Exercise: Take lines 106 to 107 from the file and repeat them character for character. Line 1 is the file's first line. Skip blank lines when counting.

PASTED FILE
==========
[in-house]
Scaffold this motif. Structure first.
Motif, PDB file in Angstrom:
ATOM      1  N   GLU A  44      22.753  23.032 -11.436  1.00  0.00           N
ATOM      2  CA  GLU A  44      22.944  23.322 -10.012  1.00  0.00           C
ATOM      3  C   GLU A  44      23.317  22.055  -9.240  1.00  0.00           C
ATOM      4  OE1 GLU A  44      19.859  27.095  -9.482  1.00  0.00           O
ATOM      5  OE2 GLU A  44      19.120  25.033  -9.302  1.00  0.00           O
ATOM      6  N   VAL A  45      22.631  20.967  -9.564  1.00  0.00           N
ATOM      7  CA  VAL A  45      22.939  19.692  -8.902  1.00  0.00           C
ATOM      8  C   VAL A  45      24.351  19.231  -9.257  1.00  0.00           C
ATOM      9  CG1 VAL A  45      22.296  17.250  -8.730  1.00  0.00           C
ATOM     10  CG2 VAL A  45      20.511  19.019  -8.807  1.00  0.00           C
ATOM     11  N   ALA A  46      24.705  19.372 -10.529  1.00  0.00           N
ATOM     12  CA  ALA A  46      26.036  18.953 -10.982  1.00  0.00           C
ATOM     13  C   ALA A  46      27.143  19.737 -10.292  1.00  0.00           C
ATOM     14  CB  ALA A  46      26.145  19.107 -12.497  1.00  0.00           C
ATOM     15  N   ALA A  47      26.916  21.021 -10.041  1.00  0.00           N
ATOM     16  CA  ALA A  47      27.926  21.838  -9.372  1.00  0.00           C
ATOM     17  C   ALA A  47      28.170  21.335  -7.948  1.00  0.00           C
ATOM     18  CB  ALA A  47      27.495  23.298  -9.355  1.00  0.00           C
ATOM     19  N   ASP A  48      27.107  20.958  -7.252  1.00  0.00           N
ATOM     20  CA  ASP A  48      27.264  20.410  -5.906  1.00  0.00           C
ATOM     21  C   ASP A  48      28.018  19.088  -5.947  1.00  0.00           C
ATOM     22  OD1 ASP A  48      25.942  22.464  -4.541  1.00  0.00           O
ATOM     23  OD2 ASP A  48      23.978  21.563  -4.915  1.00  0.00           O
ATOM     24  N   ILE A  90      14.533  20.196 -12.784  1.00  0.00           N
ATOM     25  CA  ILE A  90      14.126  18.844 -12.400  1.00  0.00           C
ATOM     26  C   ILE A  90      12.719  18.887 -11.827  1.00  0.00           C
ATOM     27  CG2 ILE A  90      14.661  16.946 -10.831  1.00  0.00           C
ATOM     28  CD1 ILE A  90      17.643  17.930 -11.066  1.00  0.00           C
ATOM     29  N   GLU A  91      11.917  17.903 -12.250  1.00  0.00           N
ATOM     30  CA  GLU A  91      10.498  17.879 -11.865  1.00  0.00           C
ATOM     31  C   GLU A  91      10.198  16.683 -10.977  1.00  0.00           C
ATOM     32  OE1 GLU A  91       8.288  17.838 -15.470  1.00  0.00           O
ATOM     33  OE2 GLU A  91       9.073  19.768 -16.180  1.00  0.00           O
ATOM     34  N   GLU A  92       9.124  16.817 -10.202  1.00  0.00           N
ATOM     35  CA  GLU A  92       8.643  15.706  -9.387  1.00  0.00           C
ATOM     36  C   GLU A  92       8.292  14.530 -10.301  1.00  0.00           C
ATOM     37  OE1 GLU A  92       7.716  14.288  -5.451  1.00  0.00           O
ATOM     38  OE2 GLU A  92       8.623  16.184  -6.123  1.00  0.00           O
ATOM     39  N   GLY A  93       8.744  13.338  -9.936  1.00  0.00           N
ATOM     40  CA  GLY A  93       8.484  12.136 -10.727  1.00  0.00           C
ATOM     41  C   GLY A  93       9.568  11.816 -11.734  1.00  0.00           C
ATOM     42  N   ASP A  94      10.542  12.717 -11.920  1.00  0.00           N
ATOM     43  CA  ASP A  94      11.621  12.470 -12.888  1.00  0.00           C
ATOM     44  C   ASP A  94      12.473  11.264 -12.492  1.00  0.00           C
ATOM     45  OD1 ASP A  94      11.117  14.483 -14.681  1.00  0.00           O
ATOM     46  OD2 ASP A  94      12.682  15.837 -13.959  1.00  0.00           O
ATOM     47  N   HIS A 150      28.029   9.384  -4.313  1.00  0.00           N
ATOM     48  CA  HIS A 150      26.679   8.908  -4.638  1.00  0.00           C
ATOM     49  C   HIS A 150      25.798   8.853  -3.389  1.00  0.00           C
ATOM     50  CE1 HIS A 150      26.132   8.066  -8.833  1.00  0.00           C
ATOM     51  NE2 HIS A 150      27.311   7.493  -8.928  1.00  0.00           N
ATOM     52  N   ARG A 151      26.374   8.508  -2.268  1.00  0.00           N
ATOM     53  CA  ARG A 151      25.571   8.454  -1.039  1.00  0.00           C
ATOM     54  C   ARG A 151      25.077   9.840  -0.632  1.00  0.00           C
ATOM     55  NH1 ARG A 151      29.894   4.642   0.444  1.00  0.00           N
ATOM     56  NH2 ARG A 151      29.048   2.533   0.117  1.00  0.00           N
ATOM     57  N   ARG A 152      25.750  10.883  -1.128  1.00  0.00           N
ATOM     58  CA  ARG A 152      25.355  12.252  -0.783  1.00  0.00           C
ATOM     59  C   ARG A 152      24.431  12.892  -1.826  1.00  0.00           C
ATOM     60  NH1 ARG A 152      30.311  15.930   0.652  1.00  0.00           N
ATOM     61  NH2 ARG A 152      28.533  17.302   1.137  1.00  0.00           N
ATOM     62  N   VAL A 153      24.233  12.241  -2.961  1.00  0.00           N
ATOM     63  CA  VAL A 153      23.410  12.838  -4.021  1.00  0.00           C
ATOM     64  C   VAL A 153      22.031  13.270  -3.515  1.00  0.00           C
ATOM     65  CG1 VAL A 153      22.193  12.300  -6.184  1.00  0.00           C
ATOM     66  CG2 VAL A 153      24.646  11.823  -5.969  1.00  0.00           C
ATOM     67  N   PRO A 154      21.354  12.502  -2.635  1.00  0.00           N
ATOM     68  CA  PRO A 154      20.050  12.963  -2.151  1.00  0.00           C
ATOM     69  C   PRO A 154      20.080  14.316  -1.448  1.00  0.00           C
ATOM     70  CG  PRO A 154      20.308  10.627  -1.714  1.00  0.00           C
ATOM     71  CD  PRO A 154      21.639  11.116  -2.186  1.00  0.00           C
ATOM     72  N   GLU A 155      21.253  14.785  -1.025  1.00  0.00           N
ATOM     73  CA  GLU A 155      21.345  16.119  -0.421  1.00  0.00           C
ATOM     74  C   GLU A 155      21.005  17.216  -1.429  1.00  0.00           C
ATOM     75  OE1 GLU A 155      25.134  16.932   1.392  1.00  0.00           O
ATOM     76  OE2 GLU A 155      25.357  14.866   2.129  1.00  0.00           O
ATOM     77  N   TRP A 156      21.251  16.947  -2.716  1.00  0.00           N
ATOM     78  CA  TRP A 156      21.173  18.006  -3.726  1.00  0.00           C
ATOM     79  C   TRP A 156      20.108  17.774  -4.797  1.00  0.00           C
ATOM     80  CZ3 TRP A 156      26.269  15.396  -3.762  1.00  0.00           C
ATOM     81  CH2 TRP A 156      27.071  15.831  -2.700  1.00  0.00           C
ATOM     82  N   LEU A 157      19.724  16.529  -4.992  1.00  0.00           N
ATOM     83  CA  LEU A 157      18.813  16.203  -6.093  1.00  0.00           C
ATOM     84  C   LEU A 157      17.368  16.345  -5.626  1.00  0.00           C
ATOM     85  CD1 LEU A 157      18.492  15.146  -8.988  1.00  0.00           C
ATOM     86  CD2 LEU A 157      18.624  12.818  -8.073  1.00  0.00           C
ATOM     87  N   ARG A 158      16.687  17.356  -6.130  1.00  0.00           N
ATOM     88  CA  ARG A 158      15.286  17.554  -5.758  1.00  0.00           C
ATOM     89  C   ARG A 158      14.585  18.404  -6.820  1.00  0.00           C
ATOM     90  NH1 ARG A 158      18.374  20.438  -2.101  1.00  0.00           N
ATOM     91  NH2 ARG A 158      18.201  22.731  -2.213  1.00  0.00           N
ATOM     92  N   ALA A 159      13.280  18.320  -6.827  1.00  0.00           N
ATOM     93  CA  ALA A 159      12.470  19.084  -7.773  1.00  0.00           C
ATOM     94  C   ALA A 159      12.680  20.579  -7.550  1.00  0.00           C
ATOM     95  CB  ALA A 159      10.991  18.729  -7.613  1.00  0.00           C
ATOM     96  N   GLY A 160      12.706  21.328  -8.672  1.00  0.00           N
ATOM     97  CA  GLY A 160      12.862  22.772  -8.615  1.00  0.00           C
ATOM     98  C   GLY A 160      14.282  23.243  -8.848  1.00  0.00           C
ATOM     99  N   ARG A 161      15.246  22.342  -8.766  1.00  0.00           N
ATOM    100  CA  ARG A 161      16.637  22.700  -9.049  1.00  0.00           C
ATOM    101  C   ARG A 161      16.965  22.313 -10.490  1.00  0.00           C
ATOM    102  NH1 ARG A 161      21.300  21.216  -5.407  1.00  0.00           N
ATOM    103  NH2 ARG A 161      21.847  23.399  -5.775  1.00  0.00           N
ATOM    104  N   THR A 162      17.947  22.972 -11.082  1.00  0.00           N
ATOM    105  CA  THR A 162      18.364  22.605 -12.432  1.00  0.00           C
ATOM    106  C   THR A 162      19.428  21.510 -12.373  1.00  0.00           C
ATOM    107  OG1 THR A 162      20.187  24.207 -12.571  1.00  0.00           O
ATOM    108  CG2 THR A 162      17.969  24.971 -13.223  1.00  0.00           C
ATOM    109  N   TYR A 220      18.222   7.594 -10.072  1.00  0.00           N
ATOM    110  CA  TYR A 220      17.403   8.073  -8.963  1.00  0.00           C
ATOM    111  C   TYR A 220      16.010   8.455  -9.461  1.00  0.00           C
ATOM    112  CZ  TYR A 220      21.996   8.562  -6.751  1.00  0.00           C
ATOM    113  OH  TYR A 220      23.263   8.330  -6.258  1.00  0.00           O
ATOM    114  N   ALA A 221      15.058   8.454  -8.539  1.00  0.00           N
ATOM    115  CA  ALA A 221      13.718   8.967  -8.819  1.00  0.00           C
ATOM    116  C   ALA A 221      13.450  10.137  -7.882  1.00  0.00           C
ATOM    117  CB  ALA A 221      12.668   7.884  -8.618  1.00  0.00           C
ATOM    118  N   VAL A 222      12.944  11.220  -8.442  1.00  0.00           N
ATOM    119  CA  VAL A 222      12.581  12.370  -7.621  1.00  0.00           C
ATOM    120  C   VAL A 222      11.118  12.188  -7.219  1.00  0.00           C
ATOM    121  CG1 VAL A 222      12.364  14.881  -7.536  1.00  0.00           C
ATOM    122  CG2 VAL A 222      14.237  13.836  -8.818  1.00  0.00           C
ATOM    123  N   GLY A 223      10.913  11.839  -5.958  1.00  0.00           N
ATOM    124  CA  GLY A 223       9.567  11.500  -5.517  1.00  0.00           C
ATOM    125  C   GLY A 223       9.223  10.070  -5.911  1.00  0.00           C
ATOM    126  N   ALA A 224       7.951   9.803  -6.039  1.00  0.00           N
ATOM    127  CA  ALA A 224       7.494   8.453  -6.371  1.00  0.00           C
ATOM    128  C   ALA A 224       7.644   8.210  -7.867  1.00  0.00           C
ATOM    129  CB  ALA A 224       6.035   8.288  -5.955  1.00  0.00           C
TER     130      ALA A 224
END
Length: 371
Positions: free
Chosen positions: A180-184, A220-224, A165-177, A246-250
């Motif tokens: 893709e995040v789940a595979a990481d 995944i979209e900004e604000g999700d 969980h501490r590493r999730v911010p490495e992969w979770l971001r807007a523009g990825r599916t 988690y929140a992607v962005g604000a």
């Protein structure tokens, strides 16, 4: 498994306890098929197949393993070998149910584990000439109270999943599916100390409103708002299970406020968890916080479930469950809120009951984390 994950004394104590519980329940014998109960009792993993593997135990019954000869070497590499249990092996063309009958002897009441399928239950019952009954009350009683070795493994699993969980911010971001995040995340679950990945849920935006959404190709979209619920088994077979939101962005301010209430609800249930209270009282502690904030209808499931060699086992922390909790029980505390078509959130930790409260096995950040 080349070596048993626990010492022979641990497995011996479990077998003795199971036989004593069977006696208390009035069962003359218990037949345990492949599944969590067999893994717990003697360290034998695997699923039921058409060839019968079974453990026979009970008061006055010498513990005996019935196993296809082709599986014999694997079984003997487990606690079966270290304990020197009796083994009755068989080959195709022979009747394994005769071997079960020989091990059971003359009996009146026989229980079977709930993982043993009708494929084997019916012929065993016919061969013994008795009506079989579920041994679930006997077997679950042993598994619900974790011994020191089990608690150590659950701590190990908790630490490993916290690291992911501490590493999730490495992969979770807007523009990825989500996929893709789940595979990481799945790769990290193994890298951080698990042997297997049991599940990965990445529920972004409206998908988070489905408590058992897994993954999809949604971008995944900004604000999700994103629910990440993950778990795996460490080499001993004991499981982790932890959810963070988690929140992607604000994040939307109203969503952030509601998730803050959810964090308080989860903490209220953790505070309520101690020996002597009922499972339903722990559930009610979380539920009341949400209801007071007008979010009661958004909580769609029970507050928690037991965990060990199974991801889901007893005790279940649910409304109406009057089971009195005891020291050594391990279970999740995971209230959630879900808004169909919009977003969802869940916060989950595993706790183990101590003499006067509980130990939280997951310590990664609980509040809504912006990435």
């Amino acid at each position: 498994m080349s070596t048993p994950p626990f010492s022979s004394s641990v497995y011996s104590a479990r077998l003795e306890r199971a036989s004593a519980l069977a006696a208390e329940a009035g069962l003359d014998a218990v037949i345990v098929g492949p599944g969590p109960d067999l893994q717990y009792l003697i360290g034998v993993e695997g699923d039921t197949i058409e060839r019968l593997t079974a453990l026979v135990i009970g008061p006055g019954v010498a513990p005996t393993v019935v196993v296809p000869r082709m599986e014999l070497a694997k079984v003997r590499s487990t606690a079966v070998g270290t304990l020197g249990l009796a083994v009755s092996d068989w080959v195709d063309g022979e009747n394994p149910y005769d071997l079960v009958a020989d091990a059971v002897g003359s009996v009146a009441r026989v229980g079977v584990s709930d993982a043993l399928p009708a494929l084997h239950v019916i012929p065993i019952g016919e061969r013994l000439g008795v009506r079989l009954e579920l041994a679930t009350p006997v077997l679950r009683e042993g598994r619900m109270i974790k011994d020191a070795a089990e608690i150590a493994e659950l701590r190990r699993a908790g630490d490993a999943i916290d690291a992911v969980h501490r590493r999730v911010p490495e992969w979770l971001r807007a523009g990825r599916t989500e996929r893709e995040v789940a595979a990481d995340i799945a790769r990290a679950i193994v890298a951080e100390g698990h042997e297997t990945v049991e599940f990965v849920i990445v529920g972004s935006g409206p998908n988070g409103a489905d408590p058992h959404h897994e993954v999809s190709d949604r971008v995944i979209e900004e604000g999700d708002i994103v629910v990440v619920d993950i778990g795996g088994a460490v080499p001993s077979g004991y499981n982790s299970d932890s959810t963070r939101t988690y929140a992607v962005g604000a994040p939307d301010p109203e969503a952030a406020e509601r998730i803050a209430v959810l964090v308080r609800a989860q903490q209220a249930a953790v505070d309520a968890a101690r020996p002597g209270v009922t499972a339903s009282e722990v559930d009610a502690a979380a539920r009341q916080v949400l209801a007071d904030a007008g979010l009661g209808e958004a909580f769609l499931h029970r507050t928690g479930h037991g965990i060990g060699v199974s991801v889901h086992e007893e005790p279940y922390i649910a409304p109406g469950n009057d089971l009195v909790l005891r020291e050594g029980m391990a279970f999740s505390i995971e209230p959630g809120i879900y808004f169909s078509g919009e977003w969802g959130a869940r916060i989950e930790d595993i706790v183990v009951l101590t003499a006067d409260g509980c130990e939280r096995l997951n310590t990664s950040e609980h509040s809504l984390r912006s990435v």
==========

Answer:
ATOM    103  NH2 ARG A 161      21.847  23.399  -5.775  1.00  0.00           N
ATOM    104  N   THR A 162      17.947  22.972 -11.082  1.00  0.00           N